Ellie: Someone’s cigarette smoke got up my nose and now I’m going to die.

I left the room to have a quick shower while Greg and the girls were meant to finish, start or prepare breakfast depending on what stage of wakefulness they were at. I made some suggestions on what car-seat baby might want to eat including; dry cereal, oatmeal, a banana, some yogurt and off I went.

The baby was dressed for the day when I left so I guess I naively assumed she would be covered in what’s that thing called again? Oh, a bib, if she was going to be squeezing banana goo from her highchair tray onto her face, neck and socks, that by the way dries like crusty, brown snot-glue that can tear a human fingernail out from the root while trying to pick it off of infant clothing and not the unassuming, soft, cream coloured fruit it once was.

I returned to everyone still in their jammies and a baby exploring the family room with what appeared to be three plates of spaghetti and meatballs covering her torso and vanilla yogurt holding a spiked tuft of hair in salutation to the ceiling.

Ellie explained she couldn’t get dressed because her crocs had a blood sucker in them. Phew, for a minute I was worried there wasn’t going to be a legitimate reason for them to be lounging, but blood suckers can be crippling.

We went for our annual visit to church today to attend the local craft and bake sale. One of the Lord’s disciples appeared as if from out of nowhere to guide us into our parking space. I knew he was one of the betrothed by his uniform, a bright, orange vest. He had a tough time understanding my choice in space. Probably because some much stronger force was trying to pull me back out onto the highway. The Lord will forgive my parking indiscretions and this man’s judgement of them.

Our babysitter is an active member in this church and is the only reason we are even allowed in the door without a pass card to be swiped stripe facing down and on the inside. I pray we can all remember this simple set of instructions for future transactions.

She was selling Hallowe’en candy in spooky, decorated bags for the children. All my life, I assumed that organized religion had no tolerance for this holiday. I remember as a kid people who posted notes on their front doors describing why they did not celebrate or worse, those that did celebrate but handed out raisins or toothbrushes.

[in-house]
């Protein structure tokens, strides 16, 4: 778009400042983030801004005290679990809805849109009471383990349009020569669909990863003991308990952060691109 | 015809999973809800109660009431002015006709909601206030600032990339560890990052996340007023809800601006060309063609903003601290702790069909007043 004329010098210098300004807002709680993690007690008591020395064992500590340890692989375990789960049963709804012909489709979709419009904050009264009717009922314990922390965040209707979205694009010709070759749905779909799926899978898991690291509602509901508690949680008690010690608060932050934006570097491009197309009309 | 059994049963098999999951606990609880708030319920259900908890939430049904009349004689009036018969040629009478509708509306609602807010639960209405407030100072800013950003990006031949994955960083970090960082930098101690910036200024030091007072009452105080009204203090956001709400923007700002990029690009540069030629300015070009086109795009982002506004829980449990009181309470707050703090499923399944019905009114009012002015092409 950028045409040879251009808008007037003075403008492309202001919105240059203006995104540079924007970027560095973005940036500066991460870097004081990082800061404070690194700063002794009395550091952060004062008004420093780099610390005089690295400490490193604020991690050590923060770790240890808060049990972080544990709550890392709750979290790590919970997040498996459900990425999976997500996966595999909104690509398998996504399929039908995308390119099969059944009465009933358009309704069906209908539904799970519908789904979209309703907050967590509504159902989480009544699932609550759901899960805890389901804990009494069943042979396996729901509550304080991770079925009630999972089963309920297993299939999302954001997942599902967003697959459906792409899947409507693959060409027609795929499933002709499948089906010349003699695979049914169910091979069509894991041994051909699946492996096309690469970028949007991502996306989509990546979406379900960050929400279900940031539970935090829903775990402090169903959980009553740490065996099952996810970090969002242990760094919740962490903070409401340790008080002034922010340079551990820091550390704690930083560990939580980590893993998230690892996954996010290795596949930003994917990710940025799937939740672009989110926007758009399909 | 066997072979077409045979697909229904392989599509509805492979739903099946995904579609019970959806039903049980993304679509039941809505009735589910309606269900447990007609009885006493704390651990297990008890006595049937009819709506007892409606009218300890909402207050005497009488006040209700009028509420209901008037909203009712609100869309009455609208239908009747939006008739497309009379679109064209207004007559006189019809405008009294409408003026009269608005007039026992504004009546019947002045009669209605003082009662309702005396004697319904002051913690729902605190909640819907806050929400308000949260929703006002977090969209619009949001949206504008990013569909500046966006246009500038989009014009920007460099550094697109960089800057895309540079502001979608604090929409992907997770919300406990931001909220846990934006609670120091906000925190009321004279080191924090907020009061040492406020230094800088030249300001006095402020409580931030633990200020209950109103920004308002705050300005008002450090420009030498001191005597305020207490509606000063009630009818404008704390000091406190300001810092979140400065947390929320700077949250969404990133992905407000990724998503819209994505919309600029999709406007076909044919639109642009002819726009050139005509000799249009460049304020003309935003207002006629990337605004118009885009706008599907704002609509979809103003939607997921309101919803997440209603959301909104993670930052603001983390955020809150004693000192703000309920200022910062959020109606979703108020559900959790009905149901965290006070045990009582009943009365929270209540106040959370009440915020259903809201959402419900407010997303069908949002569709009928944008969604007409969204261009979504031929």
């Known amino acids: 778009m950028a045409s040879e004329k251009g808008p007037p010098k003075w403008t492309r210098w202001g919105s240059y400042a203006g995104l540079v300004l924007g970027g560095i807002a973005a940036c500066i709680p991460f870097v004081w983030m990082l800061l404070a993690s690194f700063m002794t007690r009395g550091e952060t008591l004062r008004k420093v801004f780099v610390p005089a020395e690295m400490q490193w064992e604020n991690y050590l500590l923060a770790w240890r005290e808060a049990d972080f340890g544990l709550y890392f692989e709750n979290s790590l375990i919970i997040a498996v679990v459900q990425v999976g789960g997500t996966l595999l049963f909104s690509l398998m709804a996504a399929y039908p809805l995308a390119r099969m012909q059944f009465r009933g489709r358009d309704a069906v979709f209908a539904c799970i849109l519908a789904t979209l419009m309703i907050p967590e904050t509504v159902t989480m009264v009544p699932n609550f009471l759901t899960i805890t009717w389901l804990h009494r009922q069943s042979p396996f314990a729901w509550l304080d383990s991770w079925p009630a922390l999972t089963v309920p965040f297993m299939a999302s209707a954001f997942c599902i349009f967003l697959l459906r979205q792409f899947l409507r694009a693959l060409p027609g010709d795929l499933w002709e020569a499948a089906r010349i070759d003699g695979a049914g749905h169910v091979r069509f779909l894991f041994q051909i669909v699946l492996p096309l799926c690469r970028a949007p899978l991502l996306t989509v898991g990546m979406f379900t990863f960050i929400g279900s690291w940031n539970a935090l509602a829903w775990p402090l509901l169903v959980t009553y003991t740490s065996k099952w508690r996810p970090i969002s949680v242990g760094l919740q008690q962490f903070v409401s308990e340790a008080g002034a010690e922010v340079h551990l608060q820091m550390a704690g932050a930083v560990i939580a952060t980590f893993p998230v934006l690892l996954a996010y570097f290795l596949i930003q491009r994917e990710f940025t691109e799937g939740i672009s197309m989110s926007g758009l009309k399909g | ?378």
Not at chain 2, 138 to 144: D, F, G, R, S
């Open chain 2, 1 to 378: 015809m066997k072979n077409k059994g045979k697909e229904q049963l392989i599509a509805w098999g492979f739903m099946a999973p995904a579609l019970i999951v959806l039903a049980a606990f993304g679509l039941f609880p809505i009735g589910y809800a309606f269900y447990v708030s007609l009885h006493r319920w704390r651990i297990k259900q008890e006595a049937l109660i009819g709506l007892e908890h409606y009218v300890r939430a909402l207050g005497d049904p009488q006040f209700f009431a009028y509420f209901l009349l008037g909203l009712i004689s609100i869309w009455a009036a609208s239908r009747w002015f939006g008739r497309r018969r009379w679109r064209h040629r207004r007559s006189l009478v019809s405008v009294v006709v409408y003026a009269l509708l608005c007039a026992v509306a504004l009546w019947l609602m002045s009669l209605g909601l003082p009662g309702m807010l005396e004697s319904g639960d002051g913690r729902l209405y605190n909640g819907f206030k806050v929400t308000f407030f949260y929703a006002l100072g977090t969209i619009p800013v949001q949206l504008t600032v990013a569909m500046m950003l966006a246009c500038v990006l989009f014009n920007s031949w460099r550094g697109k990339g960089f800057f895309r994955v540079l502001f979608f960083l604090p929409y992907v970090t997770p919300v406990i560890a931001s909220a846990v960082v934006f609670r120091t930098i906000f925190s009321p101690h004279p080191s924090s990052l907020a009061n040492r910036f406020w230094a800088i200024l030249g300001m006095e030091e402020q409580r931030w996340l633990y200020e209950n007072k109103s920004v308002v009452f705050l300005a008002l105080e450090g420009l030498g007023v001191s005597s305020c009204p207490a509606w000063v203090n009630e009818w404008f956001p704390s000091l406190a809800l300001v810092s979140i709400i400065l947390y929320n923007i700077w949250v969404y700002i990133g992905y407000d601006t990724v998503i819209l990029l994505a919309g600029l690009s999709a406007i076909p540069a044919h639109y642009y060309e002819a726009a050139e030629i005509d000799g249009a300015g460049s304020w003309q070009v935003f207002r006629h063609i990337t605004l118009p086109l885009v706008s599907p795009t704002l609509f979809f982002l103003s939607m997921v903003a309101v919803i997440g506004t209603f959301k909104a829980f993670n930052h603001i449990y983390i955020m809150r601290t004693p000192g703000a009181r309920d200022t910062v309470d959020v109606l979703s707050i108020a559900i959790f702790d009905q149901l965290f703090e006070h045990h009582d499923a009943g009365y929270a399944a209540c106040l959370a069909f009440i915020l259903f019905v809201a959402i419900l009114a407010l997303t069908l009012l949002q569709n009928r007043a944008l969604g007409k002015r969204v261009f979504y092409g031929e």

I’m not sure how she smuggled the bags onto the old wooden table with rounded red metal legs and I certainly won’t be the one to expose her identity. It will have to remain a private discussion between her and her God.

 The carrot cake is the real reason we attend the bazaar. It’s true what they say. Icing is next to Godliness.

Somewhere on the bake sale committee, exists an elderly woman who turns out the moistest cake, chock full of walnuts, pineapple, coconut, raisins and a generous smearing of tangy cream cheese icing. The church charges $8 for large and less for the smaller version though if anyone attempts to buy that size, they should go straight to confession. It must cost this woman at least triple that price to produce these rich, dense treasures but who are we to question God?

For anyone who ever thought God was a man, they haven’t tried her carrot cake.

Why I feel the need to comment on this cocky, gum smacking psychopath, I’m really not sure.

I posed the question the other day about Colonel Russell Williams’ mother.

Knowing very little about this woman other than she and Russell’s father divorced when he was six, I have to assume there were moments over the past forty-six years she was proud of her son.

I picture a woman arriving at her bridge club, raving about her son’s accomplishments in the military, with each promotion becoming increasingly more boastful about the intelligent young man he had become.

She probably had friends. She probably walked out in public, went grocery shopping, did her banking and maybe belonged to a community group or served on a board.

What is she thinking now?

I watched as this man confessed to rapes, murders, human torture and after methodically documenting each of his calculated movements, made a ridiculous (refraining from using the word crazy though I do believe the choices he made are those of a sick person, it lets him off the hook) statement about being ashamed.

You should feel ashamed when you take an extra handful of chips from the bowl when your diet clearly outlines the restrictions you have committed to. You should feel ashamed when you turn your head for a moment and your baby slips because you weren’t holding his hand when you should have been.

To say you are ashamed for plotting, terrorizing and killing innocent people while making a pictorial and video library, destroying evidence connecting you to the crimes, writing letters of condolence on behalf of the Canadian Military to the family of a woman you purposefully murdered is nonsensical.

What you feel Russell is embarrassed that people the world over have seen your monstrous acts and rage that you’ve been stopped.

You probably haven’t thought much about your mother along the way but I can guarantee she hasn’t stopped thinking about you and the acts you should feel ashamed of but don’t.


Fashion seems to be getting ahead of me and I’m slowly walking the plank toward a sea of loneliness wishing maybe some of the surrounding sharks would just start chewing at my current wardrobe tearing off sleeves to meet the current trend demands. It took me months to figure out the simple wrap shirt but today’s shops have me even more baffled.

While shopping, I selected a shirt with long sleeves (for warmth) with the most beautiful detailing over one shoulder. Subtle stitching, muted taupe colour, a shirt for every day, for every mom to be worn on its own in public and under the biggest, bulkiest, cosiest cardigan and bag of popcorn behind closed doors.  

Upon closer inspection, I noticed this particular design appeared to have two sleeves but when I pulled the left side out thinking one of the sleeves was tucked around the back or still pinned together having never been tried on, I realized I was pulling on a pillow case and not a sleeve at all.

Back to the rack to find the same shirt further along the aisle hoping this time, the seamstress didn’t storm out before finishing the second sleeve and sure enough there it was in lavender. Continue reading “With One Hand Tied Behind My Back…..” »